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Si Jun Zi Tang
Spleen Qi deficiency, Qi deficiency
Chinese Action: Tonifies Qi, strengthens Spleen.
· Supports a healthy digestive system.
· Supports a healthy immune system.
· Supports wellbeing.
· Occasional fatigue, lethargy, apathy or lassitude.
· Occasional dizziness.
· Occasional soft or loose stools.
Dosage (tabs): 2-3 tabs, 2-3 times per day.
Dosage (liquid): 30 drops, 2-3 times per day.
White atractylodes rhizome
Bai ren shen
White Asian ginseng root and rhizome
Zhi gan cao
Honey fried Chinese licorice root & rhizome
Four Gentlemen is the quintessential formula to address Qi and Spleen Qi deficiency. Spleen Qi acts as the foundation for postnatal Qi in the body and is responsible for extracting the essence from food, or Gu Qi, and transporting it to the rest of the body. When Spleen is strong, the essence of food is properly transformed into Qi to supply energy to the body, and to build Blood. The Spleen is also responsible for the raising of Qi, and its deficiency is reflected in occasional sensations of heaviness in the body, or occasional loose stools. Typically, patterns involving Spleen Qi deficiency are precipitated by increased activity and improve with rest. As the Spleen controls the Blood, muscles, and four limbs, when Spleen is strong, Blood is supported in the vessels, muscles have tenacity, and the four limbs have appropriate strength.
Excessive regular consumption of cold liquids are weakening to the Spleen, leading to occasional lack of appetite and the generation of internal Dampness. External Dampness due to climate are likely to contribute to internal Dampness, which will contribute to Spleen Qi deficiency. Overwork, excessive worries or a poor diet can all aggravate or cause Spleen Qi deficiency. When Spleen is deficient, occasional loose stools, a lack of appetite, or occasional weak limbs can be experienced.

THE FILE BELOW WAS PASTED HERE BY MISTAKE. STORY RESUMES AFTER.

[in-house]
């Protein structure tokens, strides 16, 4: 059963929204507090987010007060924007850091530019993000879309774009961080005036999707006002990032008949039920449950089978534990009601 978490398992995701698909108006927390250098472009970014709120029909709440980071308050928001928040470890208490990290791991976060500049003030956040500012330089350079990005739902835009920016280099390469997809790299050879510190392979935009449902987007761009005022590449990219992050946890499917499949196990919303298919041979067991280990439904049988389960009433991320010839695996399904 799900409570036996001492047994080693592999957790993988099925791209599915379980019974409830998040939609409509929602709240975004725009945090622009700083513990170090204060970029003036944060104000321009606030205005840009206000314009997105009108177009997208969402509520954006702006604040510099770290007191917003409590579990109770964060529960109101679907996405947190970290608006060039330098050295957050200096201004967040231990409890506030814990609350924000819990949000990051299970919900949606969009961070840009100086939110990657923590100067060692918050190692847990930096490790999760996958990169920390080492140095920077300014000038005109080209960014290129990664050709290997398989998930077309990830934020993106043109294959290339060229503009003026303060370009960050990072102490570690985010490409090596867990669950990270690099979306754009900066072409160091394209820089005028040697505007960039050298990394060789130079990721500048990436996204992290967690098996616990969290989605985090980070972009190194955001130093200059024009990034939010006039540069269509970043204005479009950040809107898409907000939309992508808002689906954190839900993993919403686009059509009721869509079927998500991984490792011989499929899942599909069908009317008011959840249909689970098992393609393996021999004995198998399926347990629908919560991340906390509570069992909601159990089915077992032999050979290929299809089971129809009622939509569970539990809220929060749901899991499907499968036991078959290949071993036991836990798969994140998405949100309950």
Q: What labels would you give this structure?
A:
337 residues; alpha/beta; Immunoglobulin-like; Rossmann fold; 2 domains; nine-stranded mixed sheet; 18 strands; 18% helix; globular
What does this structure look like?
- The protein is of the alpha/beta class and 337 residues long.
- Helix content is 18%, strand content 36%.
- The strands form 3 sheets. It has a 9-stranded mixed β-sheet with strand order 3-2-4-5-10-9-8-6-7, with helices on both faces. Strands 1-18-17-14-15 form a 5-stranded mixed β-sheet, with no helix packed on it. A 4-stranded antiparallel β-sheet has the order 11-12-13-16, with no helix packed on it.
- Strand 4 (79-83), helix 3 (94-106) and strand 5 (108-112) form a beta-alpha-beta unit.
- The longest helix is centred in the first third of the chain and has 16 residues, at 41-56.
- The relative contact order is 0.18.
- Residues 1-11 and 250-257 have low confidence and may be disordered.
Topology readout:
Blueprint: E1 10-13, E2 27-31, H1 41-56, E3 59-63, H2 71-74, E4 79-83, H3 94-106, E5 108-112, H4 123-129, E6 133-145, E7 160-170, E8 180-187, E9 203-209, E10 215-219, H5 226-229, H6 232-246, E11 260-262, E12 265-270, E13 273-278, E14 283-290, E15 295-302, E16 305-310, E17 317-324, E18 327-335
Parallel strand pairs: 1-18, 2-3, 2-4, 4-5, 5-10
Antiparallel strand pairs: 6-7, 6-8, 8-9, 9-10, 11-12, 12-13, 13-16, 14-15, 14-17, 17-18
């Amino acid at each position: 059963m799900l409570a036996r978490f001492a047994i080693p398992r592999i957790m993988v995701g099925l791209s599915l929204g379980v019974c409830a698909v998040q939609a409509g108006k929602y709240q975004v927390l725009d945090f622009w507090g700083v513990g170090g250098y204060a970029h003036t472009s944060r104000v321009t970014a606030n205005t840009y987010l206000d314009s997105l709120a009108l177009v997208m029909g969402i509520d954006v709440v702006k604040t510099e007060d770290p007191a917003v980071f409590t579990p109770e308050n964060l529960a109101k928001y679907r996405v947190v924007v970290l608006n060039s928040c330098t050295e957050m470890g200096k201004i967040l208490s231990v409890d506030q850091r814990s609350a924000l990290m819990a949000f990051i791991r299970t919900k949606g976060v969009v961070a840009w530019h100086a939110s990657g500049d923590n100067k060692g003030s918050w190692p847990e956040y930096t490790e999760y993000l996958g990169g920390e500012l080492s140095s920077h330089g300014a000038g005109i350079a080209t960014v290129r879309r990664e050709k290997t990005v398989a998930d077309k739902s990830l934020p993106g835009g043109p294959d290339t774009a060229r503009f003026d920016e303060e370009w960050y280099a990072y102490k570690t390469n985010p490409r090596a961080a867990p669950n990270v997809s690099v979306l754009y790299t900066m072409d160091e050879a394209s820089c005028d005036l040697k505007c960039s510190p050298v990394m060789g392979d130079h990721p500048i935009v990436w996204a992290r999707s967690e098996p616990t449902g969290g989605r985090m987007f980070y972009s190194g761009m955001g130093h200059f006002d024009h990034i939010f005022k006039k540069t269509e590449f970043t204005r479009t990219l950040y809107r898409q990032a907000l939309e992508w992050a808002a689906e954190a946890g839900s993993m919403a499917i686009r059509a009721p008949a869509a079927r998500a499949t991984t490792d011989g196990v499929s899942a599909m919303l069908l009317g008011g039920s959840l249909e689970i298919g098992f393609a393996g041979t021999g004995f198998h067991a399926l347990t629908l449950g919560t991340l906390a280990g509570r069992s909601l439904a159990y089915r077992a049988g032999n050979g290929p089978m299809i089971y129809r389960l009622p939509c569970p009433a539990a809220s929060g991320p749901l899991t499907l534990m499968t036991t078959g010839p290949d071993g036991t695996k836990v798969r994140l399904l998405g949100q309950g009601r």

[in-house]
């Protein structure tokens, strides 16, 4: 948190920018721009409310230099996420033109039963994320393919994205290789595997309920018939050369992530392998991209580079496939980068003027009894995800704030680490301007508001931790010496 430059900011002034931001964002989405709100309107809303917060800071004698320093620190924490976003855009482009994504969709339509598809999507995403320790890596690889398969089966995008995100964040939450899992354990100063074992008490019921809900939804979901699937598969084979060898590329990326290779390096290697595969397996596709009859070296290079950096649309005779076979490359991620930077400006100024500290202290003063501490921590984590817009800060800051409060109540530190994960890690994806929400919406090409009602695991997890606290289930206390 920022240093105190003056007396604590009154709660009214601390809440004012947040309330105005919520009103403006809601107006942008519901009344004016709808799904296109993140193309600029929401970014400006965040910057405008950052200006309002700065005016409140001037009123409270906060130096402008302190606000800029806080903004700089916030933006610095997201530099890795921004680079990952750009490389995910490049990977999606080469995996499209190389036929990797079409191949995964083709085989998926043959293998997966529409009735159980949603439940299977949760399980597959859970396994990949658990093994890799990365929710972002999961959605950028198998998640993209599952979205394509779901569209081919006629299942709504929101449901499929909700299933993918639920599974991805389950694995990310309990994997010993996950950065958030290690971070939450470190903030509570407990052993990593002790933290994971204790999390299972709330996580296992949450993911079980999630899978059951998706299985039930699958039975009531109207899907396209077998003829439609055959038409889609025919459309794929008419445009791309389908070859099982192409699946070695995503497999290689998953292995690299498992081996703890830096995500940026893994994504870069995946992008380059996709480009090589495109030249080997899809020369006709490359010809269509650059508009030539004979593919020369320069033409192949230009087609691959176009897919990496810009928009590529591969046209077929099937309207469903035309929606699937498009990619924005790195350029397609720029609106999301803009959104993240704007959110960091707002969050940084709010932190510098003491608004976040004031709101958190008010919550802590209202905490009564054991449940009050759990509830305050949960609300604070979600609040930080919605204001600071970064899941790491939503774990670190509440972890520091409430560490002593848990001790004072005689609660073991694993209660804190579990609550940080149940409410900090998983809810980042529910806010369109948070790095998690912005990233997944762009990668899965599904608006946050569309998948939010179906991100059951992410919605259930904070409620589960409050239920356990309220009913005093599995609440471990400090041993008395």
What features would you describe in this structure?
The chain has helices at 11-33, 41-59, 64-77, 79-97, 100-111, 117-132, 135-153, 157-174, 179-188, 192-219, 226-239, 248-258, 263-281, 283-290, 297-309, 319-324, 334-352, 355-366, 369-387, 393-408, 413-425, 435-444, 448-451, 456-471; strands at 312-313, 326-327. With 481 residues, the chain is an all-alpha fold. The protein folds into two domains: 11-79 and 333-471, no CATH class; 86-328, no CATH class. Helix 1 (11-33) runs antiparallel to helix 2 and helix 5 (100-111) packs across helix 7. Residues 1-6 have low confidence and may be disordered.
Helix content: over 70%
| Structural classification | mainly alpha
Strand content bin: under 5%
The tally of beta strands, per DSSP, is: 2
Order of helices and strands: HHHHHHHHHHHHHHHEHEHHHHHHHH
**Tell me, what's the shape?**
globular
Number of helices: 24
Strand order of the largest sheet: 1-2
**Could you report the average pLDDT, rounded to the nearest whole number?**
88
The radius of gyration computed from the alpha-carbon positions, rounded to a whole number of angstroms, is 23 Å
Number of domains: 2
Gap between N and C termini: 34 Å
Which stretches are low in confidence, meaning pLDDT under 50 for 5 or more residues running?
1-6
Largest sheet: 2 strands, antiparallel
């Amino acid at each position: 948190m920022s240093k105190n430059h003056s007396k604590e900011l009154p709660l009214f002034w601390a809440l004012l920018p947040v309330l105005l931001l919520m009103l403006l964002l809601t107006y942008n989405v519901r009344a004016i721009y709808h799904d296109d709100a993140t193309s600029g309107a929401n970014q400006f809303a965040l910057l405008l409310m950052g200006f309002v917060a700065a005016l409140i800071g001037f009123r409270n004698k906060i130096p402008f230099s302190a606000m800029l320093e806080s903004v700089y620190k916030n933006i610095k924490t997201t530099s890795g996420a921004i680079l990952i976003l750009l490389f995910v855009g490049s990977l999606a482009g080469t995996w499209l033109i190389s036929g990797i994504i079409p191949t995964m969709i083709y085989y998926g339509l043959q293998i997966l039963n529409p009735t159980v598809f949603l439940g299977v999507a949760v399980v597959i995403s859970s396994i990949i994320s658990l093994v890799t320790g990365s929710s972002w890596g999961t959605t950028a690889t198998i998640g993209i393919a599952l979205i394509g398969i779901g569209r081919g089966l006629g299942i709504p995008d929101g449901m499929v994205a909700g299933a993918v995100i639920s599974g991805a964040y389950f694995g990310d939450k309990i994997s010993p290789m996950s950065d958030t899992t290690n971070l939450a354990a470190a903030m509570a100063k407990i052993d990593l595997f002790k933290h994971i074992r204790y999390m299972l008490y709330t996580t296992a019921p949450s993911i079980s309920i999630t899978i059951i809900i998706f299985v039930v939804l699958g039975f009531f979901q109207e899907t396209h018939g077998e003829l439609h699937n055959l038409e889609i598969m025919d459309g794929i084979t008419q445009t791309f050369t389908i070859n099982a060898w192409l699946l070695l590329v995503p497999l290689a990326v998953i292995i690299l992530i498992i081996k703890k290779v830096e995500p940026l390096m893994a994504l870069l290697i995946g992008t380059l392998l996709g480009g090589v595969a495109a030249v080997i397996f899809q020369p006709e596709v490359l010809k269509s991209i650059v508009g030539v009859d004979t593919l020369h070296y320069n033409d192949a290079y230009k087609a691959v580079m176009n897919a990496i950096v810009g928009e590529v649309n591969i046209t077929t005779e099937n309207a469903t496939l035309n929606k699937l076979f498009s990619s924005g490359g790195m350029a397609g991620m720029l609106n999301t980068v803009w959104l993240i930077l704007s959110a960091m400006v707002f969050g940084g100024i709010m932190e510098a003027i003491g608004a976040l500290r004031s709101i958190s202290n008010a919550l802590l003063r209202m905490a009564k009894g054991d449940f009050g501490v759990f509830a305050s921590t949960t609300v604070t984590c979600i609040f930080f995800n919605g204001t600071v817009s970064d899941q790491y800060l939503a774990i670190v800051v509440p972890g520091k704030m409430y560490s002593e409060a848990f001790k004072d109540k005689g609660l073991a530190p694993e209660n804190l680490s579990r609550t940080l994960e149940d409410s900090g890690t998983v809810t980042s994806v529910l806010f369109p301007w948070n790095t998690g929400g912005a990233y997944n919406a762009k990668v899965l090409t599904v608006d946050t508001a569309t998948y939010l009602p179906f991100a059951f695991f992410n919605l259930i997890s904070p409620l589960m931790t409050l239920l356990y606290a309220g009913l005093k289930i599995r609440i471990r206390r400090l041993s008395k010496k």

This pattern of Spleen Qi deficiency arises “first” and is often a precursor to other Spleen patterns, such as Spleen Yang deficiency, Spleen Qi sinking, Spleen not holding Blood, or Spleen Blood deficiency. Four Gentlemen tonifies Qi, strengthens the Spleen and expels Dampness.
The chief herb, White Asian ginseng root and rhizome strongly augments Original Qi and Spleen Qi, and is the quintessential herb used for Qi tonification. It is used in this formula rather than Chinese red ginseng root and rhizome because it is slightly cooler in nature and less drying.
White Asian ginseng root and rhizome works synchronously with White atractylodes rhizome to strengthen Spleen and dry Dampness.
Poria strengthens the Spleen, drains Dampness, and mitigates the cloying nature of honey fried Chinese licorice root and rhizome, which strengthens the Spleen and harmonizes the actions of the other three herbs.
Four Gentlemen can be given on its own for basic signs of Qi deficiency, or given in combination with any formula where the Spleen needs further support or protection.
Four Gentlemen is a widely used formula, and is also incorporated as a foundation for many other formulas addressing Qi deficiency such as Six Gentlemen, Shen Ling Spleen Support, Ten Treasures, Women’s Precious, Gather Vitality and Arouse Vigor.
Origins and Development: Four Gentlemen is the foundational formula for Qi tonification and Spleen Qi deficiency. This formula was first presented in 1078-85 A.D. in the Imperial Grace Formulary of the Tai
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